GOV 390L • Military in Politics
3:30 PM-6:30 PM
Course number may be repeated for credit when the topics vary. This course is designed to familiarize graduate students with the military's political role in modern state and society. The focus is on the sociopolitical character of the armed forces. The class begins with seven weeks of heavy readings in order to help you get to know the literature and disparate cases of civil-military relations. Students will write brief (1-2 pages) discussion proposals to facilitate debate about the readings. Then students will have a few weeks to research their papers on which their in-class presentation (and grade) will be based. During these weeks there will be no formal seminar meetings but I will be available for consultation. Finally, the class will conclude with student presentations. The research paper is due on the last seminar meeting.
7 discussion proposals: 7x3=21% seminar participation (including presentations on the research paper): 29% research paper: 50%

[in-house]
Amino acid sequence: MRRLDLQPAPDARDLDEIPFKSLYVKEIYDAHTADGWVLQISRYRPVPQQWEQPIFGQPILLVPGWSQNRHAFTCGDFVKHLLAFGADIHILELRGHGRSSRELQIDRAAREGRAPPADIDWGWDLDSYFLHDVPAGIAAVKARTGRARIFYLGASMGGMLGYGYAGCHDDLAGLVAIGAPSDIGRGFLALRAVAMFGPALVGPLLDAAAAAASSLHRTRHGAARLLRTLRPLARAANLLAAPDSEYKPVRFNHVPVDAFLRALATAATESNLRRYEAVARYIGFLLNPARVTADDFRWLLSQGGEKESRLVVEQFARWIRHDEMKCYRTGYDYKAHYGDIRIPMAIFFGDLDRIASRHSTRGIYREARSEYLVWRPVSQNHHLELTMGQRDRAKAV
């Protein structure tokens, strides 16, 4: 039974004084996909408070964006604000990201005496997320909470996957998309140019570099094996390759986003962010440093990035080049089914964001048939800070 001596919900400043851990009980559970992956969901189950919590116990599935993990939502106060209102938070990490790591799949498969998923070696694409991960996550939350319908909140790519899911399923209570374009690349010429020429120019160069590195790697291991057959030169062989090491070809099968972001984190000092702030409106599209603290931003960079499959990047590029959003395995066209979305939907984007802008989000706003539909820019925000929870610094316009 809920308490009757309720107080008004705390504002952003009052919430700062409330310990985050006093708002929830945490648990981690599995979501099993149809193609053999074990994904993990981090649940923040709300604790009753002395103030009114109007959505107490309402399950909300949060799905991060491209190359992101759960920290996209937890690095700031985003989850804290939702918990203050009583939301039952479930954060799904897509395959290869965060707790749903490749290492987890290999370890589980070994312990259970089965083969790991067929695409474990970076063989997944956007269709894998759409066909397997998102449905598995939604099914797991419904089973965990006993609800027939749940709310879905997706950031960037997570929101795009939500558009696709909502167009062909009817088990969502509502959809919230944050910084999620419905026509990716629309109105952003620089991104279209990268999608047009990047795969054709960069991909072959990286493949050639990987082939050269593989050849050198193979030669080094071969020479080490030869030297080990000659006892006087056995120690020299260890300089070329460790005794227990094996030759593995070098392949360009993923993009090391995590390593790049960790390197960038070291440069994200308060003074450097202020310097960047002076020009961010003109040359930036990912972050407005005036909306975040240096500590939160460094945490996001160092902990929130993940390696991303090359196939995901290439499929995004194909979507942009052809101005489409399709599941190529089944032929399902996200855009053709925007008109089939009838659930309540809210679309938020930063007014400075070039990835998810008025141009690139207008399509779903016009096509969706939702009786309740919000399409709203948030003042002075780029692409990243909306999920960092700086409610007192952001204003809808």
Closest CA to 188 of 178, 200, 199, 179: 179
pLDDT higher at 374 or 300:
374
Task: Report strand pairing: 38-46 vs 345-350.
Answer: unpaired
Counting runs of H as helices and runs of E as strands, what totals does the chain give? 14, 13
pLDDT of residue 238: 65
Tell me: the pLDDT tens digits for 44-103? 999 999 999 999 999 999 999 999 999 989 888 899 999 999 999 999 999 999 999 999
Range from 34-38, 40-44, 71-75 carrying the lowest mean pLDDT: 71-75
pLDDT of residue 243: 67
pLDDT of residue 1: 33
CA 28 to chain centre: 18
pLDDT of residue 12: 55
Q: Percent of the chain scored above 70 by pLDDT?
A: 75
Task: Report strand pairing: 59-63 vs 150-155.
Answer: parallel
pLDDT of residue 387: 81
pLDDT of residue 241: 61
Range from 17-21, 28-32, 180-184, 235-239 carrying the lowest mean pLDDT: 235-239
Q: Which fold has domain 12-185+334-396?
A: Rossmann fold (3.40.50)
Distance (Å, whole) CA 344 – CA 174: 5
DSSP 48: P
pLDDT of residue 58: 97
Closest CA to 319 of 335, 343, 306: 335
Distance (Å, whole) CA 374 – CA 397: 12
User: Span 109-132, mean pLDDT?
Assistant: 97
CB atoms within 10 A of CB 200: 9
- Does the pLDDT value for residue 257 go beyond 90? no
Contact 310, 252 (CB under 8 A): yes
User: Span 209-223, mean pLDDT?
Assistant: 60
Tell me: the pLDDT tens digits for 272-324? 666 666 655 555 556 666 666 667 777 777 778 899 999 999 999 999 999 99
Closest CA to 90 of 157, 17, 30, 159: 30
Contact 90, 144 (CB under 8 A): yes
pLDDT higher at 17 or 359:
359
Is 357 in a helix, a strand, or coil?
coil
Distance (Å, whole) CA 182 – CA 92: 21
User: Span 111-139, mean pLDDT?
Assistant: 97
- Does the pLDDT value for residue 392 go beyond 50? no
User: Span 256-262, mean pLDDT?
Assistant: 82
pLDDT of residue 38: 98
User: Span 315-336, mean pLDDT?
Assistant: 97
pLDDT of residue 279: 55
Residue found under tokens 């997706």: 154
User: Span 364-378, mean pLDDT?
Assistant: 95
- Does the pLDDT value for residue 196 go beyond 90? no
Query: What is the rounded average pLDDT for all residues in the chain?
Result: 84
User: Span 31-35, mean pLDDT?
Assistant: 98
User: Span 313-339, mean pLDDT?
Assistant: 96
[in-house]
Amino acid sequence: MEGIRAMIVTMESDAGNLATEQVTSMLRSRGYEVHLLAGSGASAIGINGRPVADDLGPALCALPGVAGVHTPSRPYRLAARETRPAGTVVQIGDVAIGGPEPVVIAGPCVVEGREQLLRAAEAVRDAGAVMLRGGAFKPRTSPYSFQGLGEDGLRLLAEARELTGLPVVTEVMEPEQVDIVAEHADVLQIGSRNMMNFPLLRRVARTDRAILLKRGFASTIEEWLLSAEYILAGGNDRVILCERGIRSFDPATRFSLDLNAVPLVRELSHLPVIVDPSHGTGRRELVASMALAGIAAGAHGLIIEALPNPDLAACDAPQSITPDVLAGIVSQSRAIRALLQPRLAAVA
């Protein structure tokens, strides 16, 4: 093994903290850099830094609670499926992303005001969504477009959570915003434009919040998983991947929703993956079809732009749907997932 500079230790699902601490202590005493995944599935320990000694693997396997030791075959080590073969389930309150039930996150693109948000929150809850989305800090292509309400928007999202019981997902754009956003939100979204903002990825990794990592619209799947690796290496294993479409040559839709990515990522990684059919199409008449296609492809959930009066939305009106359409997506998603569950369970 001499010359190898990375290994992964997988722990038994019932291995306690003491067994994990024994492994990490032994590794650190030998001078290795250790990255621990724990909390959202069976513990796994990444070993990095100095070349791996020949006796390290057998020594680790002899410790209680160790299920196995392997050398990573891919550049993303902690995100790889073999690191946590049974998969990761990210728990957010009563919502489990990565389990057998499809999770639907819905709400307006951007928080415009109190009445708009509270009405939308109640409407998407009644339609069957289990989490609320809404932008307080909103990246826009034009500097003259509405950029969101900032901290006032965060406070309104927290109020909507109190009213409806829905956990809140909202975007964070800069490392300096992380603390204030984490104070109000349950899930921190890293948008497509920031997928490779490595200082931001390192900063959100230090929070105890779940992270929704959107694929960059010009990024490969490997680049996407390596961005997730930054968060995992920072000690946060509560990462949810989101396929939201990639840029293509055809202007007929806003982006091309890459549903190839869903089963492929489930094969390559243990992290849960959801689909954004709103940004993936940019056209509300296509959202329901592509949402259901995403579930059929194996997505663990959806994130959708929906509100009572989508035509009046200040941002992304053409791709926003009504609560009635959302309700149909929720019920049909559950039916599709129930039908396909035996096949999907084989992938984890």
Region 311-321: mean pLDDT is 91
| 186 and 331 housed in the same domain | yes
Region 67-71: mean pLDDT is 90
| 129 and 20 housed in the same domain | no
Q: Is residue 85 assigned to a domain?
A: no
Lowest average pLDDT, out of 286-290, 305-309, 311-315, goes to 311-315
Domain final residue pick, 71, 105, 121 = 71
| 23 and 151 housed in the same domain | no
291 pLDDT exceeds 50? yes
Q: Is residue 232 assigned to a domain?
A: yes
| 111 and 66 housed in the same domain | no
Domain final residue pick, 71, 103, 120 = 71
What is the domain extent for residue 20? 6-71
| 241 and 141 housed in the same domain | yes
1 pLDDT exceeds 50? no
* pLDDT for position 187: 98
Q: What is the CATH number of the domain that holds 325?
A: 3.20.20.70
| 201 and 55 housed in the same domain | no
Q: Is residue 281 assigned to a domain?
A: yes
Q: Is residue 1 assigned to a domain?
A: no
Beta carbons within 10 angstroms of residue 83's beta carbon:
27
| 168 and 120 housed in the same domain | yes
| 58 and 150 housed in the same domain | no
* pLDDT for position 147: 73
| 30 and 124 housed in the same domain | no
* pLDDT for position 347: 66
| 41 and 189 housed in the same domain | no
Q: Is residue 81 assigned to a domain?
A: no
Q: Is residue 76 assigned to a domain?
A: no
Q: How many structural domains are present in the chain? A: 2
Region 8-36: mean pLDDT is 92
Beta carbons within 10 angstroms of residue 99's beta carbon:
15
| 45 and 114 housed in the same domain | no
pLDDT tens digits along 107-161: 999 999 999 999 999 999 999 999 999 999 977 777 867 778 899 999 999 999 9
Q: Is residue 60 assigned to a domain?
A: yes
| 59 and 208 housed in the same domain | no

Desch, Michael C. Civilian Control of the Military: The Changing Security Environment. Baltimore, MD: Johns Hopkins UP, 2001. Feaver, Peter D. and Richard H. Kohn. Soldiers and Civilians: The Civil-Military Gap and American National Security. MIT UP, 2001. Pion-Berlin, David. Civil-Military Relations in Latin America. U of North Carolina P, 2001. Moskos, Charles C., John Allen Williams, and David R. Segal, eds. The Postmodern Military: Armed Forces After the Cold War. Oxford UP, 2000. van Creveld, Martin. Israeli Army Public Affairs, 2002. Taylor, Brian. Politics and the Russian Army. Cambridge UP, 2003. Plus one additional book on Asian civil-military relations.